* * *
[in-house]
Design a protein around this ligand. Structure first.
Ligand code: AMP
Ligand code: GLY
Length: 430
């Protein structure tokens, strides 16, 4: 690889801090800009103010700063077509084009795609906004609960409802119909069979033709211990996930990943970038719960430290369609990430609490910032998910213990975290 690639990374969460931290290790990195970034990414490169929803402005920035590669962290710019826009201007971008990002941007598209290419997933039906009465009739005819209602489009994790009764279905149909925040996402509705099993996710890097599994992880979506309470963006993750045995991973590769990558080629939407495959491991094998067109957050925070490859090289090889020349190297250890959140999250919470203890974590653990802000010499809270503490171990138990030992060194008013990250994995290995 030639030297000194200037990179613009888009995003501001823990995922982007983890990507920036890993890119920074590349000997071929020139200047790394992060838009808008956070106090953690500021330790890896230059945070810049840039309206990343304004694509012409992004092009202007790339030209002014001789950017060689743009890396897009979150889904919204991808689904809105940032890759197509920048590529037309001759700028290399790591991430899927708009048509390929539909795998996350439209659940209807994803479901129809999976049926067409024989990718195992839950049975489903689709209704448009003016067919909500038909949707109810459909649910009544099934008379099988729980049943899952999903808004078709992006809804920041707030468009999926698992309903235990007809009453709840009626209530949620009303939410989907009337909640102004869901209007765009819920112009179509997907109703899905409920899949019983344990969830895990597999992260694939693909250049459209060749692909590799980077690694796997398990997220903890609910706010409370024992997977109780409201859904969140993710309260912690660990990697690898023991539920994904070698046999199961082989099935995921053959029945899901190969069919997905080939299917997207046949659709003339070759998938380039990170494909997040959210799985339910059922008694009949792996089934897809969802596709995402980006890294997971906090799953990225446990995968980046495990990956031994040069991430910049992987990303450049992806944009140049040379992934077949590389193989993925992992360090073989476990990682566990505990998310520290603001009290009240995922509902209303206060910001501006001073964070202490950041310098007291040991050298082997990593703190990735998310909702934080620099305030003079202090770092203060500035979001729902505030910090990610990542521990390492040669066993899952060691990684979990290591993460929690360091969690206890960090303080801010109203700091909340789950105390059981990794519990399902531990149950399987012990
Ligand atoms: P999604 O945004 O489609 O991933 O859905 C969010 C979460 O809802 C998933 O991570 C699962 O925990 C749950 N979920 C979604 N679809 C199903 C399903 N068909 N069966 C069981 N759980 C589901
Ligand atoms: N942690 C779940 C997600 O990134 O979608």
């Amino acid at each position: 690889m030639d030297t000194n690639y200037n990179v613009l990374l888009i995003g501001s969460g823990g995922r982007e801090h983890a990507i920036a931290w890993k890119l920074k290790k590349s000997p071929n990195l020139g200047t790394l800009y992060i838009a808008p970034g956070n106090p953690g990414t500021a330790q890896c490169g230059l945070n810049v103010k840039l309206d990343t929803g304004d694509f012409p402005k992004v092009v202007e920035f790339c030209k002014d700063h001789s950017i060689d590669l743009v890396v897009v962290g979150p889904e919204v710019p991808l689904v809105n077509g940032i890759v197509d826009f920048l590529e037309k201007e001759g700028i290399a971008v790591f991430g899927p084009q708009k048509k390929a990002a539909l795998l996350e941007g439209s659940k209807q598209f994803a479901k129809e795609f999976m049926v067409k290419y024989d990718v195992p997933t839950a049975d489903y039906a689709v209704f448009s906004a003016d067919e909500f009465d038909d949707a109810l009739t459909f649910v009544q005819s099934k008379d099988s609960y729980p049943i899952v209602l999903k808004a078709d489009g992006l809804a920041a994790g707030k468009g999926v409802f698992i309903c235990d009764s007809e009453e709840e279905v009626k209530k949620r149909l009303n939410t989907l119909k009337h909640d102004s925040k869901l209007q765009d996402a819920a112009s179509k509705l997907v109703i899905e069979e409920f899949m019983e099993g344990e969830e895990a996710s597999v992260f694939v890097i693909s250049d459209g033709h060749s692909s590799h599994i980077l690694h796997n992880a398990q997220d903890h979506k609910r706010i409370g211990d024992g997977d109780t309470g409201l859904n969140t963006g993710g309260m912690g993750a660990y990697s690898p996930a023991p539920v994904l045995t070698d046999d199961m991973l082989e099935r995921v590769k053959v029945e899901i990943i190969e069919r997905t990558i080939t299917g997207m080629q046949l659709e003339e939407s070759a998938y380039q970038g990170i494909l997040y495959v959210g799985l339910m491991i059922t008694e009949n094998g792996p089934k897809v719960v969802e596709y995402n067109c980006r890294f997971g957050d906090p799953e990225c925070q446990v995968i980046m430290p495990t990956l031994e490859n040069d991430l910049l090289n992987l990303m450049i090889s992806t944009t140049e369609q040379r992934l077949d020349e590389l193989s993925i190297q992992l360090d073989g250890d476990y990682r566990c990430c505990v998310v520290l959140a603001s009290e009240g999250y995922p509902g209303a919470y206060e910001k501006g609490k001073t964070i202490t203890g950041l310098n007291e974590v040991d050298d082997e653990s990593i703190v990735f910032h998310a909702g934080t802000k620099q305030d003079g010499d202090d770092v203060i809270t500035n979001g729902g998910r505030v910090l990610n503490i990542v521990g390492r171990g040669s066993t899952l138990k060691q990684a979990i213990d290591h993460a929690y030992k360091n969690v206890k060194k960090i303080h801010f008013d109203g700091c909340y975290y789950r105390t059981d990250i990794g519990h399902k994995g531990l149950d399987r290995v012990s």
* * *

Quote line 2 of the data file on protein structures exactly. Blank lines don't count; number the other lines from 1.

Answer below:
Design a protein around this ligand. Structure first.